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66% of Japanese companies want to expand business in Vietnam: survey

Friday, February 06, 2015, 17:00 GMT+7
66% of Japanese companies want to expand business in Vietnam: survey
An assembly line of Honda Civic sedans at a Japanese-owned Honda Vietnam plant in the northern province of Vinh Phuc

About 66 percent of surveyed Japanese firms operating in Vietnam said they are considering business expansion in the Southeast Asian country, according to a survey recently announced by the Japan External Trade Organization (JETRO).

It is part of four major points Japanese firms are considering when investing in Vietnam, according to the results of JETRO’s survey on the business situation of Japanese firms operating in Asia and Oceania in 2014.

These four main points include the evaluation of future expansion, the risk in the investment environment, the supply of raw materials and components, and the expectations of economic integration, according to the results recently sent to the Ministry of Planning and Investment.

Regarding the assessment of market expansion in Vietnam, 66 percent of surveyed businesses in Japan said they want to continue to expand in Vietnam, as the country is considered an important investment destination in the region.

Regarding the risk in the investment environment, Vietnam came in 3rd place among 15 regional countries on “a legal system that is not perfect and does not operate transparently".

In addition, more than half of polled businesses indicated problems in "the complexity of the investment mechanism", and "rising labor costs”. However, the "complex administrative procedures" have improved slightly and "infrastructure incompletion” is also significantly improved.

However, many surveyed Japanese firms are still not satisfied with the supply of raw materials and components, though the localization rate in Vietnam in 2014 edged up 1 percent compared to 2013 to 33.2 percent.

This rate is higher than the Philippines (28.4 percent) but much lower than China (66 percent) and Thailand (55 percent).

To improve competitiveness in terms of cost, Vietnam needs to increase procurement from local businesses and support businesses operating in supporting industries in the form of low-interest loans, tax incentives, and human resource training, according to the survey.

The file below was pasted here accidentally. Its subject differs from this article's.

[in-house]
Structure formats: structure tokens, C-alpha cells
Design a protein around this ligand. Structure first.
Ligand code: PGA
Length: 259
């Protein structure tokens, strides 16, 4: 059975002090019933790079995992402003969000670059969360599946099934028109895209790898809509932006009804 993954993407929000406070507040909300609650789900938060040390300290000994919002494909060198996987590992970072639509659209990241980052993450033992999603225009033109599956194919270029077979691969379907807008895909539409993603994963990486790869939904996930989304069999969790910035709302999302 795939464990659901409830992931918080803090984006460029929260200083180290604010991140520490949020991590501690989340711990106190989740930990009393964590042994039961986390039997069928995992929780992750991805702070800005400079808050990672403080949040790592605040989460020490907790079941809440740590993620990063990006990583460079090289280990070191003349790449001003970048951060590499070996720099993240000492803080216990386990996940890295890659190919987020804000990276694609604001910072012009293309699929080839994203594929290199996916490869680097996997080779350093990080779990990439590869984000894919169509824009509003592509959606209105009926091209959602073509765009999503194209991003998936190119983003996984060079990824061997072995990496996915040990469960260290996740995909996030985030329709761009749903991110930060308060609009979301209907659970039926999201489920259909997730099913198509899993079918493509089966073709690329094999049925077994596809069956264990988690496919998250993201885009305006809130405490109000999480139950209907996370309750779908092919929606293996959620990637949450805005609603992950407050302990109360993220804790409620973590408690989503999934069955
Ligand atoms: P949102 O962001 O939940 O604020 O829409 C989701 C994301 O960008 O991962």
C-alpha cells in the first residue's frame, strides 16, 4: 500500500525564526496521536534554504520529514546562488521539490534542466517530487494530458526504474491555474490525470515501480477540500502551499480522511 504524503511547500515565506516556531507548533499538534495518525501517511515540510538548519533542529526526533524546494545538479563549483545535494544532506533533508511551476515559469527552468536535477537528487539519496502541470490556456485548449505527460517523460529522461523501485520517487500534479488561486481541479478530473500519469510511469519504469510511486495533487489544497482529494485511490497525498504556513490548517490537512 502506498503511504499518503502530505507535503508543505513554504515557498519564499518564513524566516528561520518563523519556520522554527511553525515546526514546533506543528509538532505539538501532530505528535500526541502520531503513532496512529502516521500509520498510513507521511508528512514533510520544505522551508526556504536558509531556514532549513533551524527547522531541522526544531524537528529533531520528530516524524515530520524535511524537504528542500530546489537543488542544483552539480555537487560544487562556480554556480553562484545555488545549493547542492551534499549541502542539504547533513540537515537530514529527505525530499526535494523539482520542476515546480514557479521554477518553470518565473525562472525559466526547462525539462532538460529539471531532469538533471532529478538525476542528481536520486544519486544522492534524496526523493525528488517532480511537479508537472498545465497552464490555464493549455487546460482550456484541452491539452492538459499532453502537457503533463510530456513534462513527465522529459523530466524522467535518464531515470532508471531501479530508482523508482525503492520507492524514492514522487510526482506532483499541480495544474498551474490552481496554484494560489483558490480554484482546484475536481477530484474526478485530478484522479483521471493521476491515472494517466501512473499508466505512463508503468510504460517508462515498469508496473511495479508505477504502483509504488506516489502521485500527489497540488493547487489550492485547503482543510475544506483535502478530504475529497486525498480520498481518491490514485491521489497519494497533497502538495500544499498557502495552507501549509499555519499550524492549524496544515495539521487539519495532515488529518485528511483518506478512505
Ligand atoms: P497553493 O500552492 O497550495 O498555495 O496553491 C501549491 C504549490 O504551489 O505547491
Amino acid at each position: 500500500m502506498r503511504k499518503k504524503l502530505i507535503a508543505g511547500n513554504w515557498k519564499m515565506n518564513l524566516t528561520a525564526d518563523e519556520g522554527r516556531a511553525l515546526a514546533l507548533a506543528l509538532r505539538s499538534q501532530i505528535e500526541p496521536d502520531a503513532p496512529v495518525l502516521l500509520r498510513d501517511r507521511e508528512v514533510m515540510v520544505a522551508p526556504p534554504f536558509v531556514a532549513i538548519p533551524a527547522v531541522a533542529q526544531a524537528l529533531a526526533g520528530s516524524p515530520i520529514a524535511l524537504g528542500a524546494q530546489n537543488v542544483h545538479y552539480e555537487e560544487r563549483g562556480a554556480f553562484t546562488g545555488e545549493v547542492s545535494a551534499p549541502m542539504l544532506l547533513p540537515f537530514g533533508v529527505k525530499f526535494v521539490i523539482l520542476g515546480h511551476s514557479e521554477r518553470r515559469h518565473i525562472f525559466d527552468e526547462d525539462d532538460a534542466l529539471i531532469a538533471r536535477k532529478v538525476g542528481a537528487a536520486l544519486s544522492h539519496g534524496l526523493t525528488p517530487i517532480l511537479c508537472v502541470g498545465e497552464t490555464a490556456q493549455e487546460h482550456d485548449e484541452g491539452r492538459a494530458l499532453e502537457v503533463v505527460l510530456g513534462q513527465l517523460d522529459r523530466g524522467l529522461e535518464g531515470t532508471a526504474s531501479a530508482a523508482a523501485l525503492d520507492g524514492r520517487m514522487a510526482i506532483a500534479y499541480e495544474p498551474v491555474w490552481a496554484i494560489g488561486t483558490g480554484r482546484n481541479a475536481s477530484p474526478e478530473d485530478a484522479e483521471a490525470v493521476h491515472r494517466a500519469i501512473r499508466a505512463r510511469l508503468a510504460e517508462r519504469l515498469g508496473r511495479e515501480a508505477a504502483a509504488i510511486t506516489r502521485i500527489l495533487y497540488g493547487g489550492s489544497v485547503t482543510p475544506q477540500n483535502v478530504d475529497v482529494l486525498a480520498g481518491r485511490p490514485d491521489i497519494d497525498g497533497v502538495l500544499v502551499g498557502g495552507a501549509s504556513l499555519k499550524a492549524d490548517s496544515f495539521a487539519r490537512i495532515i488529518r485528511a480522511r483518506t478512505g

Most Japanese firms are interested in the expectations for the economic integration of Vietnam, and wish for the situation to be improved more. They want "simplified customs clearance procedures" in the first place, followed by "simplified taxation mechanism, "import tax exemptions" and "explanation and application of the rules of origin for imported goods".

Positive changes to come In an evaluation of the JETRO survey results at a recent meeting in Hanoi, Minister of Planning and Investment Bui Quang Vinh said the survey will not only help the Japanese government but also regional governments to know about the opinions of Japanese firms.

It can help Vietnam compare its regulations with those in the region and thus enable relevant Vietnamese state agencies to innovate and improve their policies.

The results of the JETRO survey in 2014 show that the general situation of Vietnam investment is markedly improving, though it has not yet met the expectations of Japanese businesses, said Minister Vinh.

In 2014, the Government of Vietnam drastically improved the business and investment environment of Vietnam with the revised Investment Law and amended Business Law, which were all approved by the National Assembly, he said.

Those changes, including more transparency in law and the abolishment of many administrative procedures, were appreciated by both the local and international business communities, including Japanese firms, he added.

However, the new laws will only take effect on July 1, 2015, so they were not reflected in the results of this survey, Vinh said.

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